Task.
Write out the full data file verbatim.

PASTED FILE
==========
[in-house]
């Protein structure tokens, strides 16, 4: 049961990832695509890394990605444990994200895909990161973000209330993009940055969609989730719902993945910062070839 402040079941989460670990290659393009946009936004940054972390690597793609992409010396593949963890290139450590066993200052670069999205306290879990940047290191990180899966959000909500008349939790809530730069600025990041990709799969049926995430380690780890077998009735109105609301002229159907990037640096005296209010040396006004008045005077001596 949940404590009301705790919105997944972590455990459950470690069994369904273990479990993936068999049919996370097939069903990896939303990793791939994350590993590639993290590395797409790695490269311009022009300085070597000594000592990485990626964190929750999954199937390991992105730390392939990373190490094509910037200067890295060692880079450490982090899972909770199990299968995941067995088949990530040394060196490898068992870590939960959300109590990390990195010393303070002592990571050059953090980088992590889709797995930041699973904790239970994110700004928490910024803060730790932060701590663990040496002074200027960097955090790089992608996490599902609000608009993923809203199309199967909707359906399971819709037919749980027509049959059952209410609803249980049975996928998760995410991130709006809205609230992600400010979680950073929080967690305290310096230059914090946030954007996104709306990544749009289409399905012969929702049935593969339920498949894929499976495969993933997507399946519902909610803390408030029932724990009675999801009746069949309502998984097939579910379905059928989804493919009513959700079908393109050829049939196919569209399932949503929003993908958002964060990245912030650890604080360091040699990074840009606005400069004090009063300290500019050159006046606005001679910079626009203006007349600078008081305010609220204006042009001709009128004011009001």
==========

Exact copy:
[in-house]
């Protein structure tokens, strides 16, 4: 049961990832695509890394990605444990994200895909990161973000209330993009940055969609989730719902993945910062070839 402040079941989460670990290659393009946009936004940054972390690597793609992409010396593949963890290139450590066993200052670069999205306290879990940047290191990180899966959000909500008349939790809530730069600025990041990709799969049926995430380690780890077998009735109105609301002229159907990037640096005296209010040396006004008045005077001596 949940404590009301705790919105997944972590455990459950470690069994369904273990479990993936068999049919996370097939069903990896939303990793791939994350590993590639993290590395797409790695490269311009022009300085070597000594000592990485990626964190929750999954199937390991992105730390392939990373190490094509910037200067890295060692880079450490982090899972909770199990299968995941067995088949990530040394060196490898068992870590939960959300109590990390990195010393303070002592990571050059953090980088992590889709797995930041699973904790239970994110700004928490910024803060730790932060701590663990040496002074200027960097955090790089992608996490599902609000608009993923809203199309199967909707359906399971819709037919749980027509049959059952209410609803249980049975996928998760995410991130709006809205609230992600400010979680950073929080967690305290310096230059914090946030954007996104709306990544749009289409399905012969929702049935593969339920498949894929499976495969993933997507399946519902909610803390408030029932724990009675999801009746069949309502998984097939579910379905059928989804493919009513959700079908393109050829049939196919569209399932949503929003993908958002964060990245912030650890604080360091040699990074840009606005400069004090009063300290500019050159006046606005001679910079626009203006007349600078008081305010609220204006042009001709009128004011009001």